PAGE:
Not all microbes smell that strong, and if you have them growing together I doubt your nose would know.  Sequencing the 16s gene may be a good approach, I dont really know, but the better approach is good sterile technique to avoid the problem in the first place.  That one contaminating microbe may seem insignificant among the millions you add, but that dosnt mean that they cant co-exist, and you would no longer have a pure culture.  Further, you are assuming that the million cells you add are pure to start with...  

Contamination is not always obvious, and even if you think you have a pure culture you may not.  Even with plant tissue culture, contamination is not always easy to see and can spring up months after you think it is clean.  Why microbiologists gamble like this when the solution is relatively simple I will never know.





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greyscale
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« Reply #21 on: May 03, 2012, 3:18:19 PM »

I don't usually go all-out with sterile technique for yeast or bacteria, but I just started working with RNA and I'm practically having nightmares about RNAses lurking everywhere. (I'm not much of a bench scientist. I'm sure once I've done it a while, I'll have a system that works for me without having it on my mind so much.)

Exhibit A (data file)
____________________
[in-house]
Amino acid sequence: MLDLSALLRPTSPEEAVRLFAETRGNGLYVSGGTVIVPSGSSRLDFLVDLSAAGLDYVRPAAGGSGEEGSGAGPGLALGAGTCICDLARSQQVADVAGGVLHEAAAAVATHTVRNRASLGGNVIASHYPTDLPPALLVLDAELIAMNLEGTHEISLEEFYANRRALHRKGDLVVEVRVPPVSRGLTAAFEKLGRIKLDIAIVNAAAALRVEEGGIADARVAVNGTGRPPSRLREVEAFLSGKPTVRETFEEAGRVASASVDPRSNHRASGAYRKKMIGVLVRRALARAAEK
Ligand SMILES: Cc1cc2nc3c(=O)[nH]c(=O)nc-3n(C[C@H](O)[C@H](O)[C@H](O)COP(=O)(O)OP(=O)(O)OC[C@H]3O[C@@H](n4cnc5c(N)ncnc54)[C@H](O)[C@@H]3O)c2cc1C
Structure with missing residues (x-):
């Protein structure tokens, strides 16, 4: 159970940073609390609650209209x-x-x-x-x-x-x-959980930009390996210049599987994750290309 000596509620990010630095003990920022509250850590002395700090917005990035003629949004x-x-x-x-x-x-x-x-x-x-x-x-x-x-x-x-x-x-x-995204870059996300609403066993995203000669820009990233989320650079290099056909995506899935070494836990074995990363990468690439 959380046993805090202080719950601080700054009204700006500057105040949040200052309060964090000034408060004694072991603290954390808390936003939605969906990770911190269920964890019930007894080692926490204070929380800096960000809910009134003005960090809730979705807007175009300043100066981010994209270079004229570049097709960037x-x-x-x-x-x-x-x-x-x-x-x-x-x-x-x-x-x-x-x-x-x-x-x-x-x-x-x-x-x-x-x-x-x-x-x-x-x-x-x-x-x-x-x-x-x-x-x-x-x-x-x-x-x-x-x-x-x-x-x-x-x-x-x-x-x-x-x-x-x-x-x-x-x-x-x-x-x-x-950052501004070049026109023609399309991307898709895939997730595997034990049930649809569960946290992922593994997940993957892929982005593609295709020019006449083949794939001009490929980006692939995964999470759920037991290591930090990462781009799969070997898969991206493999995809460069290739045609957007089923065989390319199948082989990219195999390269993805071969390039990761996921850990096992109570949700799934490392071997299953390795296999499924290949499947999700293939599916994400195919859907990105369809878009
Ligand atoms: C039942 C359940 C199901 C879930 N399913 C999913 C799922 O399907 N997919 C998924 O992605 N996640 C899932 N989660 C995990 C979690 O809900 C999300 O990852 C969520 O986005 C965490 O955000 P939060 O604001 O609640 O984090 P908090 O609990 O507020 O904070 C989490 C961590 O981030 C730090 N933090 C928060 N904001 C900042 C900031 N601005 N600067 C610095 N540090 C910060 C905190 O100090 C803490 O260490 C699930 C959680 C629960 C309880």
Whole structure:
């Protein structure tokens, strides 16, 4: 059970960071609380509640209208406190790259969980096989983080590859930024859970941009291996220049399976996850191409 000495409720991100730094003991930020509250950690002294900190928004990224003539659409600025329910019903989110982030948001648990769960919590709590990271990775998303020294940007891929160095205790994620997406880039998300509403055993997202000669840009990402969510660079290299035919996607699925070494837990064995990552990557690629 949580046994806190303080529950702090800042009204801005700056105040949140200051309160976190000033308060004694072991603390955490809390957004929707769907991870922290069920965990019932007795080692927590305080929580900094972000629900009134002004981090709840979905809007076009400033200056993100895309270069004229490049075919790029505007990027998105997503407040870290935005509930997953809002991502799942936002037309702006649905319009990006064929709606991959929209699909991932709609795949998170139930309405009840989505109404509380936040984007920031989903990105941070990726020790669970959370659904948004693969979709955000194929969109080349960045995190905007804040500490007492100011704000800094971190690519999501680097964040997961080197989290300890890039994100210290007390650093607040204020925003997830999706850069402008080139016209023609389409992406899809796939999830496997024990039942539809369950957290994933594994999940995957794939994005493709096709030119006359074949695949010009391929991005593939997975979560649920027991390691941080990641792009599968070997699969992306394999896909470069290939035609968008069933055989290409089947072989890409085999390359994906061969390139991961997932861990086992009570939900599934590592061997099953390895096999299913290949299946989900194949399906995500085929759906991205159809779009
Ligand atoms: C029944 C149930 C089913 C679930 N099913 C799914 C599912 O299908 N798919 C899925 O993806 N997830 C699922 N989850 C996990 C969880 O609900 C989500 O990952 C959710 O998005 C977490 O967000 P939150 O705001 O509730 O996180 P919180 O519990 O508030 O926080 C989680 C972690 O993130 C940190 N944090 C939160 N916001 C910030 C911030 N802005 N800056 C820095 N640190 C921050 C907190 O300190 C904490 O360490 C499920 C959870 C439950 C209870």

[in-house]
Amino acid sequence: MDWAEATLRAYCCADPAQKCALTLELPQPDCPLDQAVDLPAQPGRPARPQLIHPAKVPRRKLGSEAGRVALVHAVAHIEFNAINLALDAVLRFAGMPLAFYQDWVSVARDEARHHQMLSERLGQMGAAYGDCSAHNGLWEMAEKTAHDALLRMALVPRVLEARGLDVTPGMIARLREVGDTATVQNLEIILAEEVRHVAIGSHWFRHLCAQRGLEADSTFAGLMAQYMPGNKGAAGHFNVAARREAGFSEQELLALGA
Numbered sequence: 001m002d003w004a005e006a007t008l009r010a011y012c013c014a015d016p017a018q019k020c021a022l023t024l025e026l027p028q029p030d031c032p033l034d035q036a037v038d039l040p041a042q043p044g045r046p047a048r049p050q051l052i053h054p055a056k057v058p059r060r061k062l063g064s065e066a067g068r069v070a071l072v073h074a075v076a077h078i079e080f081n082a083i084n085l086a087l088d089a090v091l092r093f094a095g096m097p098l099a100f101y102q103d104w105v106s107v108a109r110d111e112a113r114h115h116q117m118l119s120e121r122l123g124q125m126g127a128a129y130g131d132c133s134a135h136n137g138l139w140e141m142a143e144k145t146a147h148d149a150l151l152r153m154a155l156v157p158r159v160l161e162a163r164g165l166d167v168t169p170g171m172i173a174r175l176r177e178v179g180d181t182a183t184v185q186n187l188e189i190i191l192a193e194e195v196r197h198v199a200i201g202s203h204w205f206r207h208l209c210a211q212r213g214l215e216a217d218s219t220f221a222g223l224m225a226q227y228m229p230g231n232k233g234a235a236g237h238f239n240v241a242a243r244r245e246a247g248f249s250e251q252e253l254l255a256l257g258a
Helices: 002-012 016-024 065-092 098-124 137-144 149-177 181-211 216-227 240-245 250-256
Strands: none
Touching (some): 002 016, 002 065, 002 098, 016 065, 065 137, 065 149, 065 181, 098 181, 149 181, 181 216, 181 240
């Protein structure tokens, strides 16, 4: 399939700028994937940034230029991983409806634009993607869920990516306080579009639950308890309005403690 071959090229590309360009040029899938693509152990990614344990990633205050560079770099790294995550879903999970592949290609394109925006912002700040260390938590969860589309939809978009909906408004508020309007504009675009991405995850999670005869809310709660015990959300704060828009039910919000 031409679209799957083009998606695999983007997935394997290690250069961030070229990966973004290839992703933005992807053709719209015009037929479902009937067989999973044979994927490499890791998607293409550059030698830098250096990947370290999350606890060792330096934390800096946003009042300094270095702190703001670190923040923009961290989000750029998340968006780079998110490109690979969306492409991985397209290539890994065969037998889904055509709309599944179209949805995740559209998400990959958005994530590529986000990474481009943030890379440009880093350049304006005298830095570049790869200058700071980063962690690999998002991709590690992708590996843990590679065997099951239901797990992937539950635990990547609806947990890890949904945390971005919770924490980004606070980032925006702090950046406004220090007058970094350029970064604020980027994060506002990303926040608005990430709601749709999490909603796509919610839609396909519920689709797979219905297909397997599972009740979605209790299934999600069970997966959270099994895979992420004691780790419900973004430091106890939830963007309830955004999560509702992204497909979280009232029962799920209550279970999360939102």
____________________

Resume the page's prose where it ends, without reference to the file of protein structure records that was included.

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macaroon
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« Reply #22 on: May 03, 2012, 3:20:51 PM »

 Why microbiologists gamble like this when the solution is relatively simple I will never know.


Speed.

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frogfactory
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« Reply #23 on: May 03, 2012, 5:02:02 PM »

I don't usually go all-out with sterile technique for yeast or bacteria, but I just started working with RNA and I'm practically having nightmares about RNAses lurking everywhere. (I'm not much of a bench scientist. I'm sure once I've done it a while, I'll have a system that works for me without having it on my mind so much.)

This is one of those things that often goes wrong in the hands of novices, but the solution is generally not DEPC treating everything, but rather to learn proper handling.
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cyano
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« Reply #24 on: May 05, 2012, 11:50:42 PM »

I do bacterial culture. I'm at a PUI so I only have undergrads working in my research lab. The students work in a laminar flow hood, autoclave everything possible then sterilize everything possible with alcohol then flame everything possible. It slows things down, but with undergrads, I like to ensure that multiple failures are necessary for contamination.